|Publication number||US4580726 A|
|Application number||US 06/605,142|
|Publication date||Apr 8, 1986|
|Filing date||Apr 30, 1984|
|Priority date||Apr 30, 1984|
|Publication number||06605142, 605142, US 4580726 A, US 4580726A, US-A-4580726, US4580726 A, US4580726A|
|Inventors||Michel J. Unger|
|Original Assignee||Unger Michel J|
|Export Citation||BiBTeX, EndNote, RefMan|
|Patent Citations (14), Referenced by (22), Classifications (8), Legal Events (3)|
|External Links: USPTO, USPTO Assignment, Espacenet|
This invention relates generally to cleaning and particularly to apparatus for washing the underside of automobiles.
Salt rusts and corrodes motor vehicles and other high-way vehicles, and salt is hard to combat. For example, painted surfaces of automobiles may regularly be washed, but the undersurfaces are usually not washed, although most people known that salt water splashes up and collects and rusts body parts from the inside.
Washing the underside of a typical automobile requires some way to get at it, either a hoist or a pit, or other special facility such as a commercial carwash of the type that will wash the underside. Few owners want to lie on the ground and try to reach under a vehicle.
The dollar cost of rustout caused by salt on vehicle undersurfaces is immense, possibly a chief cause of early discard of vehicles, in climatic areas requiring road salting. By the time rust has eaten through at one small spot on the outside so that it is visible, it has usually thinned-out large adjacent areas, making repairs difficult.
A principal object of this invention is to provide a wheeled-spray system for under-car washing that is sufficiently convenient and low priced to find acceptance among vehicle owners leading to savings of large amounts of money across the Nation.
Various spray systems have been suggested in the prior art, including the following in U.S. patents:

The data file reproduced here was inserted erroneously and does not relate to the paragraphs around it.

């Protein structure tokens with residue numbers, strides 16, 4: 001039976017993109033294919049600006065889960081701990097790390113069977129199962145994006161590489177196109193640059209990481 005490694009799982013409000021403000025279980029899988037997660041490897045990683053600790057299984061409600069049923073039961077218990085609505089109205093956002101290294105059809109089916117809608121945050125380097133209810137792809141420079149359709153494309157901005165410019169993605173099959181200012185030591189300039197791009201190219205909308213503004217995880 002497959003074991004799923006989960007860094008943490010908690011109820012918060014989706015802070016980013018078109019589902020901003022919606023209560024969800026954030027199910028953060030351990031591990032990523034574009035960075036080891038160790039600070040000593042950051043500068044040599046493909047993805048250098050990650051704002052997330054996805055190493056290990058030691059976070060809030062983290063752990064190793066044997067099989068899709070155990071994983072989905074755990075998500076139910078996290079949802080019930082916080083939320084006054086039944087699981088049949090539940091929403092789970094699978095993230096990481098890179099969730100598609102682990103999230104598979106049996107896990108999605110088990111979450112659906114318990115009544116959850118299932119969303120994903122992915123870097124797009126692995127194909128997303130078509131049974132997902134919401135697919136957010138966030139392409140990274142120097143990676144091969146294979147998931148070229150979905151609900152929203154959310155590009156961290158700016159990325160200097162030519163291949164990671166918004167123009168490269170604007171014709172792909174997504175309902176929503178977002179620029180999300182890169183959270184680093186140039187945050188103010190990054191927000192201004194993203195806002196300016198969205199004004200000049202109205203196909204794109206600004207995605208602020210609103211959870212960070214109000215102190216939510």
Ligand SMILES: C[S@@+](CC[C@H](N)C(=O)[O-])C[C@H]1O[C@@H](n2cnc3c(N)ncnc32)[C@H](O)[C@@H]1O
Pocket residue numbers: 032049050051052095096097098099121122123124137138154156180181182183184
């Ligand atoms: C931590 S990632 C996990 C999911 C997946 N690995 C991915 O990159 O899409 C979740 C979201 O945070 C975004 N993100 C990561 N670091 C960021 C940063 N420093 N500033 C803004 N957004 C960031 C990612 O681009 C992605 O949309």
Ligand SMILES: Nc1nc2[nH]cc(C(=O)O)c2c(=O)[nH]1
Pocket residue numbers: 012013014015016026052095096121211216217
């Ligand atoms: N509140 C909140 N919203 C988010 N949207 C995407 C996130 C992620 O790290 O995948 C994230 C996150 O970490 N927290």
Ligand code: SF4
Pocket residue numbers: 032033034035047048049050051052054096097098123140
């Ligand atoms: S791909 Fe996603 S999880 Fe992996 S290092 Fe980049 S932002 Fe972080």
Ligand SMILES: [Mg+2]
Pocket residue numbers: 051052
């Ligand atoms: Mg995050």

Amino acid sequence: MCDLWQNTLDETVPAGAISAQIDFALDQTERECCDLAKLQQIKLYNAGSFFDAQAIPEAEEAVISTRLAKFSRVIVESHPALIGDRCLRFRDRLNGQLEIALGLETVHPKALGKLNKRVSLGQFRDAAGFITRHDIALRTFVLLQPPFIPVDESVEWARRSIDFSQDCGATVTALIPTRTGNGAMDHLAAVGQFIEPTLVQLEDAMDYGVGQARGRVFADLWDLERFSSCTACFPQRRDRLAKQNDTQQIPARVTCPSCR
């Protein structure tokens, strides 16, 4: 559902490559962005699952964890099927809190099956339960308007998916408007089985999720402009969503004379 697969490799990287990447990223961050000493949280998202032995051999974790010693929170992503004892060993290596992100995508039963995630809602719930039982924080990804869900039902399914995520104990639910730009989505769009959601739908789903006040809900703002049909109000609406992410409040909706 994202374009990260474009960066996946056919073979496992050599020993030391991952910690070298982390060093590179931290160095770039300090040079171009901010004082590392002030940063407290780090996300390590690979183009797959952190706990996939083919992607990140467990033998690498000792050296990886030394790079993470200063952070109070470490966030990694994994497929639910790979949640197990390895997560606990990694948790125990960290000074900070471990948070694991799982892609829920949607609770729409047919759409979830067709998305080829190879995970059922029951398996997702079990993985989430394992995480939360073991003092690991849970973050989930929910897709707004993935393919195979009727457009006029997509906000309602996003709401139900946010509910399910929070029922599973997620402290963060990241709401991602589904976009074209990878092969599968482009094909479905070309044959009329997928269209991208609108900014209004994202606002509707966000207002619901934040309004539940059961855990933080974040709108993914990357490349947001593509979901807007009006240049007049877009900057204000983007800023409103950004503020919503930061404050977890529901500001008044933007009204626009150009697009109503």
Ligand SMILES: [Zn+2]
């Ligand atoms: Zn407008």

U.S. Pat. No. 1,724,702 to B. N. Flickinger, 8-13-29, disclosed a two-wheel device with two up-spray nozzles at the wheeled end, fed by a pipelike handle with a hose attached for fluid supply and a valve. Although this is not for under-body washing of a motor vehicle, evidently it could be so-used and the structure is generally similar;
U.S. Pat. No. 2,712,960 to E. G. Grubb, Jr., 7-12-58, shows another form of up-spraying wheeled device with pipe-like handle, hose connection and valve;
U.S. Pat. No. 2,761,732 to F. B. Anthon, 9-4-56 disclosed another form of the type device, with a soap container from connection to the fluid supply pipe; also note upstanding portion 31 which could be a guard;
U.S. Pat. No. 4,083,495 to R. L. Sharp, 4-11-78, represents a number of caster-equipped spray cleaning devices of the type, all spraying down or ahead.
However, it is believed that none of these devices has provided the advantages necessary to make it widely available and widely in demand as the standard of commerce for the purpose, and to provide such is a principal object of this invention.
Further objects of the invention are to provide a system as described that includes a body with wheels and an upward spray, all low enough to run beneath a low automobile, a handle with connection at the free end for an ordinary garden hose, and means for flexibly maneuvering the system for maximum convenience and efficiency in a minimum of vertical clearance.